A 'pervading sense of being at the heart of things' brought Scholefield back to Wellington and the New Zealand Times where, in 1907, he was appointed chief of staff. In 1908, in association with Emil Schwabe, he edited Who's who in New Zealand and the western Pacific. This was the first of a series which Scholefield was to edit during his lifetime. He insisted that those included should have performed some definite service over and above what the individual was paid to do, but the entries primarily denote standing in the community.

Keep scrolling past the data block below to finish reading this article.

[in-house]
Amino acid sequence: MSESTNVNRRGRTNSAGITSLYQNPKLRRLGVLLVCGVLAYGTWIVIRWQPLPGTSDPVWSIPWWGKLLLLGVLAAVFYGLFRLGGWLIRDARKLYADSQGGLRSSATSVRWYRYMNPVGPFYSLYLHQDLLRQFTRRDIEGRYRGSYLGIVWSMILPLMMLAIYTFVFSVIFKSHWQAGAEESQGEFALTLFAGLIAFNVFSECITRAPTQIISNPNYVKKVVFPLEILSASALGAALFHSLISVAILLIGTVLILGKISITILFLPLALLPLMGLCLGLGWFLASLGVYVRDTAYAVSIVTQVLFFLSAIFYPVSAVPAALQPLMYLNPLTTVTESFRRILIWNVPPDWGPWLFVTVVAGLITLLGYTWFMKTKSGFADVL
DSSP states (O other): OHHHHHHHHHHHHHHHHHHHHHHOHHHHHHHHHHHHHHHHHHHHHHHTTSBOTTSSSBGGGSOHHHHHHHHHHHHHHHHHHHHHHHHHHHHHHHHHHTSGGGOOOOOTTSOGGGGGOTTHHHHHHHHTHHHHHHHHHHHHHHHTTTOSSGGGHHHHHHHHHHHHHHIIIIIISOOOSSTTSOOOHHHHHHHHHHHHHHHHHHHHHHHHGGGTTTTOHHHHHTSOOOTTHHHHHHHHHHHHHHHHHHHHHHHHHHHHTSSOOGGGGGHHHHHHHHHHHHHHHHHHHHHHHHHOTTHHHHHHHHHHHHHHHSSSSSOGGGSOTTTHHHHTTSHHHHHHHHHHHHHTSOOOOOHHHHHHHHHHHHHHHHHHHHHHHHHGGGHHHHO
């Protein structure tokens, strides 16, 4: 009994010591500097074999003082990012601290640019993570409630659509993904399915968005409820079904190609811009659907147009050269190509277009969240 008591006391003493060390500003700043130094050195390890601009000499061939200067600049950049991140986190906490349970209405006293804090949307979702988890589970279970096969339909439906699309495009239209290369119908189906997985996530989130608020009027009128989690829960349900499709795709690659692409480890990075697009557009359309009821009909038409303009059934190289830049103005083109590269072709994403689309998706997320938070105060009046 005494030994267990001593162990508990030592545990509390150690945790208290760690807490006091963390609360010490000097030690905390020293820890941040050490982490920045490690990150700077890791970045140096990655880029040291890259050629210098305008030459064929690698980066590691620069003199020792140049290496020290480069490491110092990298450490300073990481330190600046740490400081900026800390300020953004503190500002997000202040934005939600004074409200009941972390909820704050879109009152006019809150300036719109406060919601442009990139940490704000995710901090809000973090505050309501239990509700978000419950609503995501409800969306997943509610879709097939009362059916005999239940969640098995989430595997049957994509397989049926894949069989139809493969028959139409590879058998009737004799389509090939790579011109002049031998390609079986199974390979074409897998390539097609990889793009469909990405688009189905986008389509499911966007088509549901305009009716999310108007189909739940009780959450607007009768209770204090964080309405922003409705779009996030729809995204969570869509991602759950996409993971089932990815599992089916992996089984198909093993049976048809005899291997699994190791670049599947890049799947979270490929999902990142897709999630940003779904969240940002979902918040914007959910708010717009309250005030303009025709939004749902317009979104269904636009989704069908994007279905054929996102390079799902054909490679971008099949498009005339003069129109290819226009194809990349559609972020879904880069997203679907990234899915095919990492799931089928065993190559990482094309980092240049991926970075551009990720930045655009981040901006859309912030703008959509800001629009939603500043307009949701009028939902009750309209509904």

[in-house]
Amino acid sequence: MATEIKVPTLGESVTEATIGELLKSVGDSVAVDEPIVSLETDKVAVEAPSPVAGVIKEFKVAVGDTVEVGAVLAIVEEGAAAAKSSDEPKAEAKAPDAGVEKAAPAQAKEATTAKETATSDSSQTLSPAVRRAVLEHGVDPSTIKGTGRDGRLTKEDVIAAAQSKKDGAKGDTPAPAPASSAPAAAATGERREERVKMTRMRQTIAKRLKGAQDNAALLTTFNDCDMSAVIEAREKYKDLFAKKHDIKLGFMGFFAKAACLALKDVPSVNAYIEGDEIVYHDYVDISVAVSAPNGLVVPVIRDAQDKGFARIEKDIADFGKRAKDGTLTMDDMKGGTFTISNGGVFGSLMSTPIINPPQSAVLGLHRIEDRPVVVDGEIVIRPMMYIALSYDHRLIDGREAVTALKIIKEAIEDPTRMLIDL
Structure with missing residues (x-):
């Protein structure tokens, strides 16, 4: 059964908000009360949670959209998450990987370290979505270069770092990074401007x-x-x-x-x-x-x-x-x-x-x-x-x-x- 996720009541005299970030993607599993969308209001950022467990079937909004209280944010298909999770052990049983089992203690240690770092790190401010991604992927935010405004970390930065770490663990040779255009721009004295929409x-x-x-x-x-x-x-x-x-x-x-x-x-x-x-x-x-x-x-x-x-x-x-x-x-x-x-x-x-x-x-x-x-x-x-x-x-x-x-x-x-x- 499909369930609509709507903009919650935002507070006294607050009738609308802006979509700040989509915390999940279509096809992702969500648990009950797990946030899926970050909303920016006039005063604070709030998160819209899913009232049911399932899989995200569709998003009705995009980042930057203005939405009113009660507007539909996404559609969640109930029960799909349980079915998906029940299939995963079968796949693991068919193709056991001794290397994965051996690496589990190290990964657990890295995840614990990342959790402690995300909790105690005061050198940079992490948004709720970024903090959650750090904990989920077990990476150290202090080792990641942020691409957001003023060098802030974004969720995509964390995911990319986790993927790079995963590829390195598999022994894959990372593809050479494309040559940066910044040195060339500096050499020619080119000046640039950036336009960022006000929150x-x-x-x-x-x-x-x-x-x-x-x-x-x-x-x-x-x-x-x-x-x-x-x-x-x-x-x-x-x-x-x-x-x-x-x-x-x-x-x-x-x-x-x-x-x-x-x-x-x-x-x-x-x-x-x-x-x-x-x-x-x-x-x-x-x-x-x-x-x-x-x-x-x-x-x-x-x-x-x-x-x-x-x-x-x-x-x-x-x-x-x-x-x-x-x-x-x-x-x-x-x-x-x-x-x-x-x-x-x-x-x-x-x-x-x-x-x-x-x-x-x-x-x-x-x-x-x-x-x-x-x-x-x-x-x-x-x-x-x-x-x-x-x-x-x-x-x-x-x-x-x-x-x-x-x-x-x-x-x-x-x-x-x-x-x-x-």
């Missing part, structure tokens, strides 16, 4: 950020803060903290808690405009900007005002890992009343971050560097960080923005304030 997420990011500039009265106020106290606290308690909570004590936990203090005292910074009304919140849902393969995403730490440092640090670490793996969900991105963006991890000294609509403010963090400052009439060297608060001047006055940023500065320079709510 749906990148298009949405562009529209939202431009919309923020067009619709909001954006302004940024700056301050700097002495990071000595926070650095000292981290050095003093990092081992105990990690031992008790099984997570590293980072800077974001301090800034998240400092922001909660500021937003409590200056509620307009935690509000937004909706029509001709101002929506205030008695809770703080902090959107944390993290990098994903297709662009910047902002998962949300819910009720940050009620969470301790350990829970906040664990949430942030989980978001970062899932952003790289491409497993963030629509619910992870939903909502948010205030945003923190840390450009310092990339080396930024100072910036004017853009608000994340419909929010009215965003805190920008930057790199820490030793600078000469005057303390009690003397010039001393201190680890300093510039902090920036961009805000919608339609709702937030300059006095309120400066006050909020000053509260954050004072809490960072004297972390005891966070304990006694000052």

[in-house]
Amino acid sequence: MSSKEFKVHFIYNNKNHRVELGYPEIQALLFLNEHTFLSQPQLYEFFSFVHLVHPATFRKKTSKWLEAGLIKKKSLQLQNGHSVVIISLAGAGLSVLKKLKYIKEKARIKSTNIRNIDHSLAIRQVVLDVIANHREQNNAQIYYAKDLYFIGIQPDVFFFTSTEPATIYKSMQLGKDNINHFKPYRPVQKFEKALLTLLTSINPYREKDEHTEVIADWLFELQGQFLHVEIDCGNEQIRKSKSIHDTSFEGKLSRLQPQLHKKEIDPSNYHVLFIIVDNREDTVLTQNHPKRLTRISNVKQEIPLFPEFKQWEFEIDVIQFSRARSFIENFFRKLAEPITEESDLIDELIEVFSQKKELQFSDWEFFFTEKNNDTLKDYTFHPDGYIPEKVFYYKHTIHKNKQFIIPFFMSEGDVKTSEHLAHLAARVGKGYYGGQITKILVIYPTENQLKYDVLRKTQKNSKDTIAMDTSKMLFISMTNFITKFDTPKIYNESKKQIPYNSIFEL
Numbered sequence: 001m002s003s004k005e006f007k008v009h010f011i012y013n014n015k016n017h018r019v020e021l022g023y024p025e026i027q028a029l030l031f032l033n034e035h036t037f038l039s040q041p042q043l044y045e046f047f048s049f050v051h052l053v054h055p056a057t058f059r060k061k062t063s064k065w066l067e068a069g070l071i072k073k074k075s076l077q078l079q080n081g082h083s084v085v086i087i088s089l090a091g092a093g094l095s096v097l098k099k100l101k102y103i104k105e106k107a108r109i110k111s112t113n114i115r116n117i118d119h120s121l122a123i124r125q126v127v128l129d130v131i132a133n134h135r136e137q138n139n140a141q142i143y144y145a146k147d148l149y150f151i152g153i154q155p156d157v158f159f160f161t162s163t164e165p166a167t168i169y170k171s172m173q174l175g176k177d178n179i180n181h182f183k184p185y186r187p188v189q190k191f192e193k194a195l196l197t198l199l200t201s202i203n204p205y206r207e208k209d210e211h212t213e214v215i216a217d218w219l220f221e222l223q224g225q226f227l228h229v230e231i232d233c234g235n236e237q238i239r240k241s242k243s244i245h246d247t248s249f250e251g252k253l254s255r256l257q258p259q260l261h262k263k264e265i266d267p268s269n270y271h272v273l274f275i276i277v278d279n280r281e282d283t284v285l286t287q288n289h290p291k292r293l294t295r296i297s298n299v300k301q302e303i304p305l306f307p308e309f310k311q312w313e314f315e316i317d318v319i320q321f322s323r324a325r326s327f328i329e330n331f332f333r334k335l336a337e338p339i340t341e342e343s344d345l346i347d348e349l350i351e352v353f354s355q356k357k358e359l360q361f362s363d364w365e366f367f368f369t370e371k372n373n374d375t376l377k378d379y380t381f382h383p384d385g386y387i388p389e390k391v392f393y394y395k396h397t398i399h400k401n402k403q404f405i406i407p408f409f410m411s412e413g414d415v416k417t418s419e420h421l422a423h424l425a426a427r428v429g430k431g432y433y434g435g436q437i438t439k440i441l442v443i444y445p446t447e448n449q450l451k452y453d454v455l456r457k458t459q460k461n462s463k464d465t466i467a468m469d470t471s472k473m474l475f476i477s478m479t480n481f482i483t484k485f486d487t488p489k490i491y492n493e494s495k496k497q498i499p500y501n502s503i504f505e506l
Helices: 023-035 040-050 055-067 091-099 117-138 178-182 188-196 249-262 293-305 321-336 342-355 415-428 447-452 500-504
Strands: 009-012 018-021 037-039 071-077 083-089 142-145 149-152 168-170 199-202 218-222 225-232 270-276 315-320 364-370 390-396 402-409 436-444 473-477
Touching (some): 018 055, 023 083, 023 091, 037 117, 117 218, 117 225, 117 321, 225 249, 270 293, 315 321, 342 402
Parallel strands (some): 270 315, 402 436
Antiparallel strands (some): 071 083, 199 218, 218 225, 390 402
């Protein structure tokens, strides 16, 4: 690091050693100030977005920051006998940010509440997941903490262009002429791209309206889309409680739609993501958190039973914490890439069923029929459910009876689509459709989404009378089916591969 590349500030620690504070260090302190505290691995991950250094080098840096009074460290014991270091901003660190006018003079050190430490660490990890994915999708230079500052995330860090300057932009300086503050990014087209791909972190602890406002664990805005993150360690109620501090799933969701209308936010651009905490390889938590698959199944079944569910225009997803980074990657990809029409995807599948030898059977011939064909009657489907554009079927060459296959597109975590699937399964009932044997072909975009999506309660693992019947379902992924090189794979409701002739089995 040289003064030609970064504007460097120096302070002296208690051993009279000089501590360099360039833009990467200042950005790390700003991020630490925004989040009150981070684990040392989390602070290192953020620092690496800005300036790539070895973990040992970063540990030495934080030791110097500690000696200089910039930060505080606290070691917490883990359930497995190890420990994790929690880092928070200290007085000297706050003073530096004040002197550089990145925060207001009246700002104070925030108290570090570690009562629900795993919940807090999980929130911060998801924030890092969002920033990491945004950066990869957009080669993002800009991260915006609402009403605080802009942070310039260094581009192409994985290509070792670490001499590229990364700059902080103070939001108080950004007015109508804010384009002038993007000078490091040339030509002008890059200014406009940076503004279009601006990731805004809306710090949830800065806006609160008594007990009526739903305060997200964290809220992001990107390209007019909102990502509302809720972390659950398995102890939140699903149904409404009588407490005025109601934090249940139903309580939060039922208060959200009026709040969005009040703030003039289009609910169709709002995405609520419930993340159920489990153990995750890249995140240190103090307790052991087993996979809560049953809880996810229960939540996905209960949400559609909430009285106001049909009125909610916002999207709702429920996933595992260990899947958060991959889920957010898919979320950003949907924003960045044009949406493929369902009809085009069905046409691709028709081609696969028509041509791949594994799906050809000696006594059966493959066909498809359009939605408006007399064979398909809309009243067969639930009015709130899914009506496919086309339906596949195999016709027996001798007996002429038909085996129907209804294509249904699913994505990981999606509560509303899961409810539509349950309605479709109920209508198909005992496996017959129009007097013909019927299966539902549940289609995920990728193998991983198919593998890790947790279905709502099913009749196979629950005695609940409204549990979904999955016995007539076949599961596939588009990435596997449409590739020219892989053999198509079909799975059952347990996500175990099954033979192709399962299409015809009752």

Scholefield's first full-length historical work, New Zealand in evolution, based on articles he had written for his newspaper columns, was published in London in 1909. It is a survey of industrial development and social experiment, about which Scholefield was uncritical and optimistic. It was better received by British reviewers as an example of the progress of the 'Britain of the South' than it was in New Zealand, where the conservative press criticised its support for Liberal policies. From 1908 to 1919 Scholefield was London correspondent of the New Zealand Associated Press. Before taking up this appointment he married, at Wellington on 17 June 1908, Adela Lucy Stapylton Bree; they were to have two sons and a daughter. While in London Guy attended the London School of Economics and Political Science, graduating BSc in economics and political science in 1915 and DSc in 1919. The same year his doctoral thesis was published as The Pacific: its past and future.